Lunchables Recall: Kraft Heinz Announces Recall Due to Mislabeling Concerns

Lunchables Recall

Parents lead busy lives.  Unlike generations past, both parents work in the majority of American families.  Recent estimates indicate that more than 60 percent of two-parent households see both parents hold jobs of some sort.  That’s why convenience has become so important with regards to feeding children.  Many parents simply don’t have the time to prepare meals, including lunches that kids take to schools.  Kraft Heinz has been capitalizing on that need for convenience – literally – for nearly 30 years with its Lunchables product line.  Lunchables generates more than $1 billion per year in sales.  As such, a Lunchables recall requires the attention of a lot of people.  That’s exactly what happened recently.  Kraft Heinz announced the Lunchables recall because of a problem with the labeling.  The details appear below.

About the Lunchables Recall

According to a press release issued by the United States Department of Agriculture, a consumer complaint prompted the Lunchables recall.  The “Lunchables Ham and American Cracker Stackers” product included the black label for Kraft Heinz’s “Nacho Lunchable” product.  The nacho product does not contain allergens, but the ham product does.  Specifically, the ham product contains soy and wheat.  The mislabeling therefore does not alert consumers to the presence of these allergens on packages affected by the recall.

The specifics of the Lunchables recall are as follows:

  • The items were produced on September 21, 2016.
  • The products are 3.4 ounces in size and contain four compartments.
  • The “USE BY” date is December 25, 2016.
  • The production times on the side of the container range between 9:13 and 10:00.
  • The establishment number is EST. 537K.  That label is located inside the USDA mark of inspection.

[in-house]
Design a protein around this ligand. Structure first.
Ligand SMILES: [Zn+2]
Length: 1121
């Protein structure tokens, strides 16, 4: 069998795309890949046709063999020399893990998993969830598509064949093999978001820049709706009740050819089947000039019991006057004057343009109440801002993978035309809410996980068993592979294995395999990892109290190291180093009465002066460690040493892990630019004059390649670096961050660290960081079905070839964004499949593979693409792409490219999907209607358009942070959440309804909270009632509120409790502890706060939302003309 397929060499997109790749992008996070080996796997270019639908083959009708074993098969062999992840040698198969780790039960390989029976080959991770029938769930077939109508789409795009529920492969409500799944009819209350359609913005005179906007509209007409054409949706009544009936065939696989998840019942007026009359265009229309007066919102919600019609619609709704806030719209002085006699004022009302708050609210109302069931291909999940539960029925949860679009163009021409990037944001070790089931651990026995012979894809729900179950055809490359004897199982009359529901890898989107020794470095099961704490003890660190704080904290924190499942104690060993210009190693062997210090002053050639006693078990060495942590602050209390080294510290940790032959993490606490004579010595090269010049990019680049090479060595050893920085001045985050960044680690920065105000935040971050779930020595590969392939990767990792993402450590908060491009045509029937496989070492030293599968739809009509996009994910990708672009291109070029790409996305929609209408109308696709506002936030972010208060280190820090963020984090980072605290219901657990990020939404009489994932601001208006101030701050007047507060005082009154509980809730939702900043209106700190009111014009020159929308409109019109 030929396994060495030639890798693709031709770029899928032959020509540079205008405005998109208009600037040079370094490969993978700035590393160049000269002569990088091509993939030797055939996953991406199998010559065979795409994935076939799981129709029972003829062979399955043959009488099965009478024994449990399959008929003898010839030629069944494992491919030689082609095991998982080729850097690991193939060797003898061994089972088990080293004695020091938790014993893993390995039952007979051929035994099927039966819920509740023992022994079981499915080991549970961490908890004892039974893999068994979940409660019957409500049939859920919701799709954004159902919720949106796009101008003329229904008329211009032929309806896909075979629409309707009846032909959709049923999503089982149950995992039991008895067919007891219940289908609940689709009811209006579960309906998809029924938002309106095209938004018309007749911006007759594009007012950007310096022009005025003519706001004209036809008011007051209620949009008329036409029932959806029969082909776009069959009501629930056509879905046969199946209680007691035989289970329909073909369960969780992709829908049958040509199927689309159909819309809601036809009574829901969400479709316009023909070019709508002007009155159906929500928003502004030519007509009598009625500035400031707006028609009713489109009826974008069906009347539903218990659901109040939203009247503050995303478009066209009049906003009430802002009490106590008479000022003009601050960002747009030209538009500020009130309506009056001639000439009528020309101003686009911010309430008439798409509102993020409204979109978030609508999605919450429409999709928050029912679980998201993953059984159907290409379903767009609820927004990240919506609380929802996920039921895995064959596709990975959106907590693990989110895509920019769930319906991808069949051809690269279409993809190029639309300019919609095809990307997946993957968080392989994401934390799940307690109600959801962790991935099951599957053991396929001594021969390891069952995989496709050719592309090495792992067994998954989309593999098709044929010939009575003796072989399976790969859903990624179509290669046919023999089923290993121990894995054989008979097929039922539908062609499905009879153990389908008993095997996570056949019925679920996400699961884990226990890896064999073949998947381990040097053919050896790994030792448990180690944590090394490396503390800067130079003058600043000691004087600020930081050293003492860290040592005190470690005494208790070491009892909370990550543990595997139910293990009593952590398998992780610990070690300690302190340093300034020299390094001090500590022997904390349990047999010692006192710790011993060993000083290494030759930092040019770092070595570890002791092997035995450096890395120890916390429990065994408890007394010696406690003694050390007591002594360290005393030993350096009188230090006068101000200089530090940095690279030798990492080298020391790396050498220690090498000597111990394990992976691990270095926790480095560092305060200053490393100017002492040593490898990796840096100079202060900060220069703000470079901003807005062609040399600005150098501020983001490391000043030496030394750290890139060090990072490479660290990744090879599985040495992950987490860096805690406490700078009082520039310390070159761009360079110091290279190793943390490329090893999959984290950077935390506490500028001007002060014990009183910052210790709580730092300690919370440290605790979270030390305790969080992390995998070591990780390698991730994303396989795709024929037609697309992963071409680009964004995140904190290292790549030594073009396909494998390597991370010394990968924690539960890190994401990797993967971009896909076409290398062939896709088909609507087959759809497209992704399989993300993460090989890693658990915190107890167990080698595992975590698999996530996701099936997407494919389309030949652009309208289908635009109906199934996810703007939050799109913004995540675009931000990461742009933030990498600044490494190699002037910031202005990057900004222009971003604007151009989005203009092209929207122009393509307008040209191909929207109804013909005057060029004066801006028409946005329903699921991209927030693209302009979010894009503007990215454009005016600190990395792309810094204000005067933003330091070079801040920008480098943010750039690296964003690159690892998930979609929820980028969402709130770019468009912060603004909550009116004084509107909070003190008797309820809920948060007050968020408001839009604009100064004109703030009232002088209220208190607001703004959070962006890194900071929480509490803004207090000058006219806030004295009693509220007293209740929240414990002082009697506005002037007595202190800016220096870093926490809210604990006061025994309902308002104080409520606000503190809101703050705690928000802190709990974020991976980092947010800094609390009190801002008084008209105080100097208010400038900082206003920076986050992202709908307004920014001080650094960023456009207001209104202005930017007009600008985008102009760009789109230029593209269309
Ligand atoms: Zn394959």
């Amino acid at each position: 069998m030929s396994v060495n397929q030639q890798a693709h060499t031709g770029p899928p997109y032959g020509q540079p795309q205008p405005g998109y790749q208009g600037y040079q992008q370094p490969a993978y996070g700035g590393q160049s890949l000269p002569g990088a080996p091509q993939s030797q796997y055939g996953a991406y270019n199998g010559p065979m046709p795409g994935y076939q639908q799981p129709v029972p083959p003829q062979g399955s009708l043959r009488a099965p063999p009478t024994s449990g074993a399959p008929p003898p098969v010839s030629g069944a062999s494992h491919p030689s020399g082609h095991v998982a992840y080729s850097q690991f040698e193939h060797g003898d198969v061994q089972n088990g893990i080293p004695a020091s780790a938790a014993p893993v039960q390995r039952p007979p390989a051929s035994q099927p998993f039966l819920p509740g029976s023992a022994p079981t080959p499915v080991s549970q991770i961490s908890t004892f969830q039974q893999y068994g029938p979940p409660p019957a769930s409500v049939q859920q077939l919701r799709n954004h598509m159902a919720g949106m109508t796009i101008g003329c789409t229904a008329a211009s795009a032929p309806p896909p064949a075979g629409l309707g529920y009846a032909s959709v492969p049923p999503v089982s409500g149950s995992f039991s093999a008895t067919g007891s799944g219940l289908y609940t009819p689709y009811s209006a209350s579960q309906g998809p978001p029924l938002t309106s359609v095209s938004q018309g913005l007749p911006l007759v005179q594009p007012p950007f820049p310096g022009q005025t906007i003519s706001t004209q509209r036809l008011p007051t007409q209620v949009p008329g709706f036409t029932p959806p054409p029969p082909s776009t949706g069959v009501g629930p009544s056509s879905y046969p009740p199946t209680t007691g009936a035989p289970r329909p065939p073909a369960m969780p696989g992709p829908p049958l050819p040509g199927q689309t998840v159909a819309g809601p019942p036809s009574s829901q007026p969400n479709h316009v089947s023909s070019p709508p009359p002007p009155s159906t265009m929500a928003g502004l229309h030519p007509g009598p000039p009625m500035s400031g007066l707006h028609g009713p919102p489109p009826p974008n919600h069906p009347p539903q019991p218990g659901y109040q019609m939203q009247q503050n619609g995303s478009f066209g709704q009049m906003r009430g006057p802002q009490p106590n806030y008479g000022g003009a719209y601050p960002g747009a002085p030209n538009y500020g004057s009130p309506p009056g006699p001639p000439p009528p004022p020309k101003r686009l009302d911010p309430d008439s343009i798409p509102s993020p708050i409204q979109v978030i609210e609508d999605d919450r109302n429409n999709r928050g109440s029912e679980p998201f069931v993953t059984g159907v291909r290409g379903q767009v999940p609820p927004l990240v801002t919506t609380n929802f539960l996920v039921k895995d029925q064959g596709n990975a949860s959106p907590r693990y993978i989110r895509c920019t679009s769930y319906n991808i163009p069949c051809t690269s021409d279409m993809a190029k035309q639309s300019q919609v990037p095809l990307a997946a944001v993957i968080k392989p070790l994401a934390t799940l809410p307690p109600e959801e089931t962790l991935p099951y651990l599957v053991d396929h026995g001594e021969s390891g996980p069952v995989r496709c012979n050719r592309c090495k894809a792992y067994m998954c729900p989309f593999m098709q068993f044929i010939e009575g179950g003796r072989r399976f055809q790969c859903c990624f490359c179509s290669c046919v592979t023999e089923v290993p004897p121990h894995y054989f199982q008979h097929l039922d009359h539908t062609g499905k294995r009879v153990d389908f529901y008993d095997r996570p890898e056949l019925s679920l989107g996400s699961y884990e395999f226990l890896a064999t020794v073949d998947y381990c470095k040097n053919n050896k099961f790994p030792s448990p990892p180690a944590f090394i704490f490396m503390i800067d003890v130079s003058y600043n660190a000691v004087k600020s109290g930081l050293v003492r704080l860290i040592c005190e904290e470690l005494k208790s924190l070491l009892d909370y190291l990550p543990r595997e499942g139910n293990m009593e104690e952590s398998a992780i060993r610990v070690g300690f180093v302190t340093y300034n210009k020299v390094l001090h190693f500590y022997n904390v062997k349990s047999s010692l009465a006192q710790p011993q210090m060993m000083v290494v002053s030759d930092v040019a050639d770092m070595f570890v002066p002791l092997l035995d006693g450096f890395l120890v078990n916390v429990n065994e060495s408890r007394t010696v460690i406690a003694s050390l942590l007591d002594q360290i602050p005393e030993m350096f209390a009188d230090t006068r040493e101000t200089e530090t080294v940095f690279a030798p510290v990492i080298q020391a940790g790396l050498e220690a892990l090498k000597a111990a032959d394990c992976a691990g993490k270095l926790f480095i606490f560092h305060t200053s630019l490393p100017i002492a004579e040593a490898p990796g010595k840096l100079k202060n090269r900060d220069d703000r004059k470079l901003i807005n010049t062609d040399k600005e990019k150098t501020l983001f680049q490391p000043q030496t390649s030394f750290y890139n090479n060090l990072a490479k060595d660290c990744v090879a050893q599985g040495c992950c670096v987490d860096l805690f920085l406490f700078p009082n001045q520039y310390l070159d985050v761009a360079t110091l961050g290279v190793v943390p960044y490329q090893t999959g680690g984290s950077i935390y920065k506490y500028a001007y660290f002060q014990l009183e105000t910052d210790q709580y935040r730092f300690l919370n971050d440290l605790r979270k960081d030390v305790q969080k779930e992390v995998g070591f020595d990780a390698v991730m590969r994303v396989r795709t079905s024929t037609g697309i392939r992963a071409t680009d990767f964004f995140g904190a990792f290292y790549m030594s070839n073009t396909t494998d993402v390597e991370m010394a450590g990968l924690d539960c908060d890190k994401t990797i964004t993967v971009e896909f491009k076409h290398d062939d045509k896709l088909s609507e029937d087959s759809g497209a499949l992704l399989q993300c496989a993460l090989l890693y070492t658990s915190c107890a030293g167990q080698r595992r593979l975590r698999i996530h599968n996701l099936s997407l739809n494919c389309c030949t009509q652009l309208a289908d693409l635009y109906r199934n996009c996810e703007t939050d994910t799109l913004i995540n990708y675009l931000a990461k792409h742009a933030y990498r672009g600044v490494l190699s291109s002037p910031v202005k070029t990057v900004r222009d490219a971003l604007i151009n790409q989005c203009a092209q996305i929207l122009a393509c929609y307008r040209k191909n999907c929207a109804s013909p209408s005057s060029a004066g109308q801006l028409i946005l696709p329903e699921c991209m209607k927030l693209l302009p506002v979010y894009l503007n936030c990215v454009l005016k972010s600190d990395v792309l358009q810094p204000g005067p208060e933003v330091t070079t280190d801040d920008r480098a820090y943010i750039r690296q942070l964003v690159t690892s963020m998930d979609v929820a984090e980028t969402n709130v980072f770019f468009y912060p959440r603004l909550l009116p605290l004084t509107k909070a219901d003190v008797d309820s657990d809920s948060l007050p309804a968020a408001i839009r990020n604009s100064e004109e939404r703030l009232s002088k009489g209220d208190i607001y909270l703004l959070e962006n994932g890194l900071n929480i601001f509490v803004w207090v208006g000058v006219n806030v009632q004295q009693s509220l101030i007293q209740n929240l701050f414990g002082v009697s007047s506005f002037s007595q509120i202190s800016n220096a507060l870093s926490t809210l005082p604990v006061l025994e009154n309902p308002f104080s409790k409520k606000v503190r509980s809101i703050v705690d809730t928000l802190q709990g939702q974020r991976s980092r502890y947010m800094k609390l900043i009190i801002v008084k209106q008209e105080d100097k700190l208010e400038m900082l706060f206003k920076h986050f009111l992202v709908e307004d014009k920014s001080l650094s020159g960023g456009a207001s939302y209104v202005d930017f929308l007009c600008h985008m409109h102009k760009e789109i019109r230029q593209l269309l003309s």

These products were shipped to retail locations in Utah and California.  Consumers who purchased products affected by the recall are advised to either throw the packages away or return them to the retailer where they were purchased.  Those who would like to see the product label in question can find it here.  Anyone with questions regarding this issue can call Kraft Heinz’s Consumer Relations Center at 1-800-572-3877.

Allergic reactions to wheat and soy can range from relatively mild to the point where they are extremely dangerous.  This situation has been classified as a Class I Recall, which means that use of the product creates a reasonable probability of serious health consequences or even death.  A Class I recall is the most serious type of recall.

How a Food Poisoning Lawyer Can Help

No adverse reactions have been reported to date because of this mislabeling problem.  Hopefully that remains the case.  Unfortunately, an enormous number of people fall ill because of food poisoning every year.  According to the United States Centers for Disease Control and Prevention, or the CDC, 48 million people get sick from foodborne illnesses every year in the United States.  If you have been harmed because you consumed tainted food, you could face a difficult situation in proving fault.  Instead of attempting to handle this challenge alone, you should seek the help of a food poisoning lawyer at Gomez Trial Attorneys.  Contact the firm today to schedule a free initial consultation.

Posted in: Food Poisoning, Product Defect
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